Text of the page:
Why are some kits classed as "starter kits"?

Sometimes people differentiate between kits “for beginners” and those for “advanced users” for example. This usually comes down to two criteria.

Kits for advanced users often have a battery, or more specifically a box, which gives them a lot more control over the settings, e.g. temperature control. Beginner’s kits, on the other hand, are simpler and more intuitive, and a lot of them work perfectly well without you changing any of the settings. If the geeky aspect of vaping isn’t your thing, and you just want to vape without messing with settings, stick to a starter kit like most new vapers. They work brilliantly!

Also, some advanced kits are all about the volume of vapour they can make. Kits that make a lot of vapour are often aimed at “advanced users” simply because they are usually less effective as a cigarette substitute and usually feature direct inhalation clearomizers (see the previous question). That makes them more appealing to users who are no longer addicted to tobacco.

Starter kit FAQ

How much does a starter kit cost?

A standard starter kit, which includes a battery, a clearomizer and a few coils, generally costs from 50 to 80 Euro. Although this might seem like a lot to pay upfront, when you work out your monthly savings from not buying tobacco it’ll put the cost of the kit into perspective. Not to mention the massive benefits you’ll get every day when you quit smoking!

Which starter kit is the best?

After nearly a hundred tests, the editorial staff here at the Vaping Post have named the Innokin Coolfire Z80 the best starter kit of 2021.

Some kits use direct inhalation and others are indirect. Which one should I choose?

Are you looking to inhale the vapour the same way you smoke tobacco cigarettes? You do that in two steps, first pulling the vapour into your mouth, then into your lungs. Or would you rather pull it straight into your lungs like a hookah? If you want to vape in the same was as you smoke, you’d be better with an indirect inhalation kit. But if you want to take deep puffs, choose a direct inhalation kit.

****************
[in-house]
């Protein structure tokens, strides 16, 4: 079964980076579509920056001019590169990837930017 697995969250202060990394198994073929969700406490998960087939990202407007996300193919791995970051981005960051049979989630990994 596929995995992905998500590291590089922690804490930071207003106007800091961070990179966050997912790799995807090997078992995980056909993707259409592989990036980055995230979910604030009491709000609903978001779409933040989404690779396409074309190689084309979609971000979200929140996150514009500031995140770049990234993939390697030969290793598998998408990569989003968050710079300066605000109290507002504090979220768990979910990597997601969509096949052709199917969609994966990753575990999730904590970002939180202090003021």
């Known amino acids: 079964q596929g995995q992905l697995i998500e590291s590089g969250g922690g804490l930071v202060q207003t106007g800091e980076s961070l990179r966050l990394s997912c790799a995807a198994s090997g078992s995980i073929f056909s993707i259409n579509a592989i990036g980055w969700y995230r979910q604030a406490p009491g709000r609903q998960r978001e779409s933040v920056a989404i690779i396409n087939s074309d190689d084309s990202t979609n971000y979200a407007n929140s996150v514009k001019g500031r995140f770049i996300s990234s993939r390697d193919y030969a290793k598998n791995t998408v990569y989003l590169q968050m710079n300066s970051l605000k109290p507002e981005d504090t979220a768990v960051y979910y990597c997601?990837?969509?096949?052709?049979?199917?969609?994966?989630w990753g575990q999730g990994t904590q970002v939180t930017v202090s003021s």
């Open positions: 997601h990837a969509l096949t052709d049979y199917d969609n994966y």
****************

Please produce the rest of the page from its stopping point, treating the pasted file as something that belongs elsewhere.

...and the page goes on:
Do I have to start vaping with a beginner’s kit?

Not at all. You can start vaping with any device and kit you like, whether it is called a starter kit or not. However, starter kits are specifically designed for people just starting to vape, and are made to be especially easy to use. That makes using a starter kit to get into e-cigarettes simple, and usually effective.

Some companies sell advanced kits. Are they better than starter kits?

Starter kits are usually designed to be particularly easy to use and to give you a satisfying vaping experience. Advanced kits usually come with more specialized equipment, which allow users to change all sorts of settings which don’t feature on models for beginners. Just be aware that more settings don’t always equal better vape quality or more an effective kit. So the answer to this question is no. If your goal is to quit using e-cigarettes, a beginner’s kit will work just as well as an advanced kit, maybe even better.

Can I vape any e-liquid with my starter kit?

Yes, you should be able to vape any e-liquid with your starter kit. Remember to check what your clearomizer is capable of, in case you’re vaping with a very viscous e-liquid that has a high vegetable glycerine (VG) content. But don’t worry. This type of liquid isn’t usually recommended for anyone who wants to start using e-cigarettes. For example, you can vape any liquid with 50% PG and 50% VG without any problems.

If I have a starter kit, can I make my own coils?

No, you won’t be able to make your own coils because they won’t fit into your clearomizer. If you want to make your own coils, you’d be better to use an atomizer. Atomizers are more complicated and are generally not recommended for anyone just starting to vape because they are a lot harder to use than a clearomizer.

Can I replace any of the parts in my beginner’s kit later?

Yes, you’ll be able to change your clearomizer or your battery in the future. Most of the time, these parts just screw together, so you’ll be able to replace one or the other without any problem.

What is the difference between a beginner’s kit and a starter kit?

There is no difference between a starter kit and a beginner’s kit. A beginner’s kit is just another name for a starter kit.

Will my starter kit include coils?

Yes. Starter kits always come with one or more coils so you can use them right out of the box.

Can I put a starter kit together myself?

Yes, you can choose and buy your own kit to start vaping. Just take some time to learn about the components. Starter kits usually contain components that are particularly easy to use and work together perfectly. If you choose the components yourself, it may be harder to use or the parts might not work together as well.

Does it matter if the clearomizer and battery are different brands?

Not at all. Nothing says you have to use components from the same brand.